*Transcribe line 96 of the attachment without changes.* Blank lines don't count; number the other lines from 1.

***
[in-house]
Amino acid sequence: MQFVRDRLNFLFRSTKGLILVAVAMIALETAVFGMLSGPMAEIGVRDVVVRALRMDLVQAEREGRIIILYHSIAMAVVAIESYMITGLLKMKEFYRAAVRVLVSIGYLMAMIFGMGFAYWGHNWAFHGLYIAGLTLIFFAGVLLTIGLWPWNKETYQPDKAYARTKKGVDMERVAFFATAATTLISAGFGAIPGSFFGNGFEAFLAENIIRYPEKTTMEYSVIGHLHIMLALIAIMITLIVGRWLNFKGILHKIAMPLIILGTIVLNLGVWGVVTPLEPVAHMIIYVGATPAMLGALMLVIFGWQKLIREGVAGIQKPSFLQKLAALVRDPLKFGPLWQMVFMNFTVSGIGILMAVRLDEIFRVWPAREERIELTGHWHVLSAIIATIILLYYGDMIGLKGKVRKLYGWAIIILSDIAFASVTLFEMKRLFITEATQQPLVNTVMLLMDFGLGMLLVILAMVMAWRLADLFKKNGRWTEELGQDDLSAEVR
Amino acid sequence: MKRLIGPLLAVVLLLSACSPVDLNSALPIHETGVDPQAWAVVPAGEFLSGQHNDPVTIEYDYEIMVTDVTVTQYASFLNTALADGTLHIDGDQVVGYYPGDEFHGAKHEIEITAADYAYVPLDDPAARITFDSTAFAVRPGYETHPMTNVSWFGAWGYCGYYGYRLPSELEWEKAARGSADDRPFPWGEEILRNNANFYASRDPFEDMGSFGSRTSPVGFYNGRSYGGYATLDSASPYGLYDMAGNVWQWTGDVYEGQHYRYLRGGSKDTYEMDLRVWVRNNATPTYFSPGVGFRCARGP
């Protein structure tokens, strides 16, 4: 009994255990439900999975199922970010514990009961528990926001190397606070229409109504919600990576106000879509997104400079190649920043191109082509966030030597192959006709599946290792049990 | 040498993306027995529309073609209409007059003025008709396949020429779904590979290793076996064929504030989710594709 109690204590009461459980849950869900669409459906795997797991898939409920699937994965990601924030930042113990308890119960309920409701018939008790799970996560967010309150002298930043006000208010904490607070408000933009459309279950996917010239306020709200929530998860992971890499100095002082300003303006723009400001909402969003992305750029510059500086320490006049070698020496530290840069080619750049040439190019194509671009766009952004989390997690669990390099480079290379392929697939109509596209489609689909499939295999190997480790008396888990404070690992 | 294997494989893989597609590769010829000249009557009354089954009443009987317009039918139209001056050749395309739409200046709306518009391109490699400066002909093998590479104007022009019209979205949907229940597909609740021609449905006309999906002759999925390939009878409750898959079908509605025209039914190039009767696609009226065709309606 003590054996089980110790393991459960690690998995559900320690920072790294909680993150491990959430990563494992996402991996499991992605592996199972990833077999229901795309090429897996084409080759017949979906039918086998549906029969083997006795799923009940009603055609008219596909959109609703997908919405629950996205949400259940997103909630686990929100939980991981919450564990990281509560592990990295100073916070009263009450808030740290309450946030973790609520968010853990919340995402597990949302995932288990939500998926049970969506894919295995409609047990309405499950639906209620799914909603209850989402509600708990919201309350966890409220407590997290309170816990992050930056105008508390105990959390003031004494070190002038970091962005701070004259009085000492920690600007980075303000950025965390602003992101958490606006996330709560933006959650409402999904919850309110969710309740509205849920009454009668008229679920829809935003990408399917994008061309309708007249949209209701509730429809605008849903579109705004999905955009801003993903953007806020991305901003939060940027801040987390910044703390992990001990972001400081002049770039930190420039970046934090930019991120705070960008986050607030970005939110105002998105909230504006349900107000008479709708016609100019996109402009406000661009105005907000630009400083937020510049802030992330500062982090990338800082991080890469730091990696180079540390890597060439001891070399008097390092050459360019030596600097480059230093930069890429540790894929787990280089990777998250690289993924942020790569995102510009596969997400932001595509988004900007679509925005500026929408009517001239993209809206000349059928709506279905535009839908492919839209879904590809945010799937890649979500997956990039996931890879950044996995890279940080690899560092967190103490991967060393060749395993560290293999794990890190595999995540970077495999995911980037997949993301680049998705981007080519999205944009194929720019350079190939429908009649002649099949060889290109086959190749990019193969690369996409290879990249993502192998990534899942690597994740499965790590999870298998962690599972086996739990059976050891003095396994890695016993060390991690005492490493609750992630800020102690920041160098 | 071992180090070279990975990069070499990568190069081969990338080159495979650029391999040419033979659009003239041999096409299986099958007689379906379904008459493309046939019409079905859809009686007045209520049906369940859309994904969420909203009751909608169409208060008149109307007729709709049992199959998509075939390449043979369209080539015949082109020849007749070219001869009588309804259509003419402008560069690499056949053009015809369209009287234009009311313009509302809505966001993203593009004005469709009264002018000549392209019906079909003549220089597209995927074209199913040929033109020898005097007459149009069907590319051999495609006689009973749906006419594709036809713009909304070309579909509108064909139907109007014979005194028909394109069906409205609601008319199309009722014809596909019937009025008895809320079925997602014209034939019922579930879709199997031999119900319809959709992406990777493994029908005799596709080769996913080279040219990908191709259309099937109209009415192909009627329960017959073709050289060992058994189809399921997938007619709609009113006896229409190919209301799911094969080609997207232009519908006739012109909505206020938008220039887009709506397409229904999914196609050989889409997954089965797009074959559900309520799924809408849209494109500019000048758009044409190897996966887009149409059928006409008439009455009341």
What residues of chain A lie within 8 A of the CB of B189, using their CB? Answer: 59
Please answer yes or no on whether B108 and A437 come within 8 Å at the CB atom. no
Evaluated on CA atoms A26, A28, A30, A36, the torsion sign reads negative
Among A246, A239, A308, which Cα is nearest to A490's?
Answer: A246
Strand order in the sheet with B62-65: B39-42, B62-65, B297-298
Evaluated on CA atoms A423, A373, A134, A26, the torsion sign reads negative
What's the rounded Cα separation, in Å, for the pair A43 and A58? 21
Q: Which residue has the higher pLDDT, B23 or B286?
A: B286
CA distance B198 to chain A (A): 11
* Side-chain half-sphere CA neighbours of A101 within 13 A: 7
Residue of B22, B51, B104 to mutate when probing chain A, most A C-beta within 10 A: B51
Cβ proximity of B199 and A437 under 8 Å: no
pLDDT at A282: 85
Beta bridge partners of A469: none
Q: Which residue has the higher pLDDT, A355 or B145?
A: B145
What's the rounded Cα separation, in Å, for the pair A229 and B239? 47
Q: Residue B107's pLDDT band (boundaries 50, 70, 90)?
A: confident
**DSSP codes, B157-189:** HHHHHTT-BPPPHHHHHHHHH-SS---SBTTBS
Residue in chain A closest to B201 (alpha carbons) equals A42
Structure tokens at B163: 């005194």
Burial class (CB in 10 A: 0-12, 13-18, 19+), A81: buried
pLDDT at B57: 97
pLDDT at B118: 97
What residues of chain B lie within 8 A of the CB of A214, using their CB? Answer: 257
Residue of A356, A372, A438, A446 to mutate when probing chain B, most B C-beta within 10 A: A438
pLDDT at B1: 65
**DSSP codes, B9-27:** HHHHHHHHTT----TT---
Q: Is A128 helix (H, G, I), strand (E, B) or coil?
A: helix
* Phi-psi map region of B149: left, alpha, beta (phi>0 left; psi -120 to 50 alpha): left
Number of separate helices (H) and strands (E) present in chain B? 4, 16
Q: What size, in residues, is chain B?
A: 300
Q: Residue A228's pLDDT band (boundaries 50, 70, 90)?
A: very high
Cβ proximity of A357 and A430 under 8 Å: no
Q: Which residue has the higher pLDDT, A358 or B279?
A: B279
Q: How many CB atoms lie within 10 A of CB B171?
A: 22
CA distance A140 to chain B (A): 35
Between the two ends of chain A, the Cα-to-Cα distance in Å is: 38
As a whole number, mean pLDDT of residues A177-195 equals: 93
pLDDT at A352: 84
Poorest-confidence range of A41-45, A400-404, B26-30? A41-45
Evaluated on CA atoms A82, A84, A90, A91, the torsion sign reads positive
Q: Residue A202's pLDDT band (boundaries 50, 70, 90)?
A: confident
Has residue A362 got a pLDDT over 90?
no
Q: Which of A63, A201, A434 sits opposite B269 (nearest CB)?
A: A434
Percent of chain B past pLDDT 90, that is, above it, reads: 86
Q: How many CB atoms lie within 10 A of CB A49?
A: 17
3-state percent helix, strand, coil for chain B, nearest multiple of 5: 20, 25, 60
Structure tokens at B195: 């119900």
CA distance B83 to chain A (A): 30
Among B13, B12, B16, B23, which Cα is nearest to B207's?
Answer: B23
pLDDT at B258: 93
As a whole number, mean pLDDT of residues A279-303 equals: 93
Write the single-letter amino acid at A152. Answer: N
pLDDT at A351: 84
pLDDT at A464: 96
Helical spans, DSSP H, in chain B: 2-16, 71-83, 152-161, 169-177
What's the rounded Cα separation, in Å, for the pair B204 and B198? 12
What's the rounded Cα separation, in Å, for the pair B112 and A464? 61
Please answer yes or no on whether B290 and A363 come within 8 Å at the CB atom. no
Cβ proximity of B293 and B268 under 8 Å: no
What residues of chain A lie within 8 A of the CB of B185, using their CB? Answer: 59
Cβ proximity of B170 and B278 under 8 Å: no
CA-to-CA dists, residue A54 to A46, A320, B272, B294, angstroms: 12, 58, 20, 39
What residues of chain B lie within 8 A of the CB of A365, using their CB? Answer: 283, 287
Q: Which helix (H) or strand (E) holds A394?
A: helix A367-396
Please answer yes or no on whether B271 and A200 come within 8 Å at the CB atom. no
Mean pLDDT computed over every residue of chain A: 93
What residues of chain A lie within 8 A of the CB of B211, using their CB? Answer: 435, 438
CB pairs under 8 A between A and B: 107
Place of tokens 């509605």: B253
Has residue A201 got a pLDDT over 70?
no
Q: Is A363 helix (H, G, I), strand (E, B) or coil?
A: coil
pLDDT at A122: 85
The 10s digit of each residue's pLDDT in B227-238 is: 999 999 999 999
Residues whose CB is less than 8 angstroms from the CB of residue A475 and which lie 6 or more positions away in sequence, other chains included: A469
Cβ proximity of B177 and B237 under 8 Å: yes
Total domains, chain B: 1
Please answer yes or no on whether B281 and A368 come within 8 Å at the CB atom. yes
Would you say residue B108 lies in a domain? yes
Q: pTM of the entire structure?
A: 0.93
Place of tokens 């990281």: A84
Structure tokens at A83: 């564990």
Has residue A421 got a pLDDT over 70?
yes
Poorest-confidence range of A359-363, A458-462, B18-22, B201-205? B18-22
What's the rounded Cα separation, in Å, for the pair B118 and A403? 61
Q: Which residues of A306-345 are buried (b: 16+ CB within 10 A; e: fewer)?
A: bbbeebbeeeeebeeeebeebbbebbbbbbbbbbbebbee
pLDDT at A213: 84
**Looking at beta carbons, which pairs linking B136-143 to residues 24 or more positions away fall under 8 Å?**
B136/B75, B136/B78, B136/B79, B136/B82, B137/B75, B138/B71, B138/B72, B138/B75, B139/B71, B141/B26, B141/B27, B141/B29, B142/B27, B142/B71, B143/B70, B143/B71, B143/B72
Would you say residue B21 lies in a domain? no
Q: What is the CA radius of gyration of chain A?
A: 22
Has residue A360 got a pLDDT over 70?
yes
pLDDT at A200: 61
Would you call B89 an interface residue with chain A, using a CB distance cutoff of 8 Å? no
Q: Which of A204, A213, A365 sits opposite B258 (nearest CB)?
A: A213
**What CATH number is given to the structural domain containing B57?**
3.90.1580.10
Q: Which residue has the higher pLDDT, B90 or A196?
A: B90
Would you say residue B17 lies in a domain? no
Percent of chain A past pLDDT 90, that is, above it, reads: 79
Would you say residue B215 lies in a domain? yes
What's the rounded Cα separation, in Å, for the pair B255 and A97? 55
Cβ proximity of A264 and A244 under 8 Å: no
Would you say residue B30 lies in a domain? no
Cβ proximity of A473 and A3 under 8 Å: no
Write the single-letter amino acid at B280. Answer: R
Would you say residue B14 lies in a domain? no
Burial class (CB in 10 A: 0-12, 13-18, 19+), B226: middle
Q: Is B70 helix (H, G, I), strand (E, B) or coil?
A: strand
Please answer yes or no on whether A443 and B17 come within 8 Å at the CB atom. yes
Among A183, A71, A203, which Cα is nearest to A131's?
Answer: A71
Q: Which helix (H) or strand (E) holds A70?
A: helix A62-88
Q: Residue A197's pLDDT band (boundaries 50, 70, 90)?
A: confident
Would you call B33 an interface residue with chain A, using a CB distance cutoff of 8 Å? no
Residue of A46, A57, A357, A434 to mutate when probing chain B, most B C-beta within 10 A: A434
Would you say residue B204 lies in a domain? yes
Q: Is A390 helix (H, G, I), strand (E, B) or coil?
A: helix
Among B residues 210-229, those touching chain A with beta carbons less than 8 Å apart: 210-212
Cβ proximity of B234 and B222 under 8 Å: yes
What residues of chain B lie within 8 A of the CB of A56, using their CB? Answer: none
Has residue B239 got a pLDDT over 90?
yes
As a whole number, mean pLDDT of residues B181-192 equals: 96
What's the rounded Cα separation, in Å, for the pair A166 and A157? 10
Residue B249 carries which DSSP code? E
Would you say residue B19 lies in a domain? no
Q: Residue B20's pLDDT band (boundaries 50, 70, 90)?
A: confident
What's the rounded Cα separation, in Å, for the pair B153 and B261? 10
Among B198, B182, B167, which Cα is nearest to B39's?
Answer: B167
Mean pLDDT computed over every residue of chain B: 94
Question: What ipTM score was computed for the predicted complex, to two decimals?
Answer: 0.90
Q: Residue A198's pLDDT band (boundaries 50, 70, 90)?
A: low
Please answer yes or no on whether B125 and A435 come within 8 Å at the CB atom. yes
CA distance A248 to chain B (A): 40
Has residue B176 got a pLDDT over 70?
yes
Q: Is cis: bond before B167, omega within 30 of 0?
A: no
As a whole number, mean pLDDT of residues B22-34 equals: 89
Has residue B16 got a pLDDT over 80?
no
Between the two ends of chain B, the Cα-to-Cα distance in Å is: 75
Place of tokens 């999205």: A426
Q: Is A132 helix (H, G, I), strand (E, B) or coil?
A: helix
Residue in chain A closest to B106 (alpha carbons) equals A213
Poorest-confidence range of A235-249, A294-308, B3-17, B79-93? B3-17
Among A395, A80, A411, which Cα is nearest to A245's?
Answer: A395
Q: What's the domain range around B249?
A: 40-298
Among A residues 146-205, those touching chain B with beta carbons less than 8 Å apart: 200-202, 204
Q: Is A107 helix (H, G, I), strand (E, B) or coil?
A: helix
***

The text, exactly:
Residues whose CB is less than 8 angstroms from the CB of residue A475 and which lie 6 or more positions away in sequence, other chains included: A469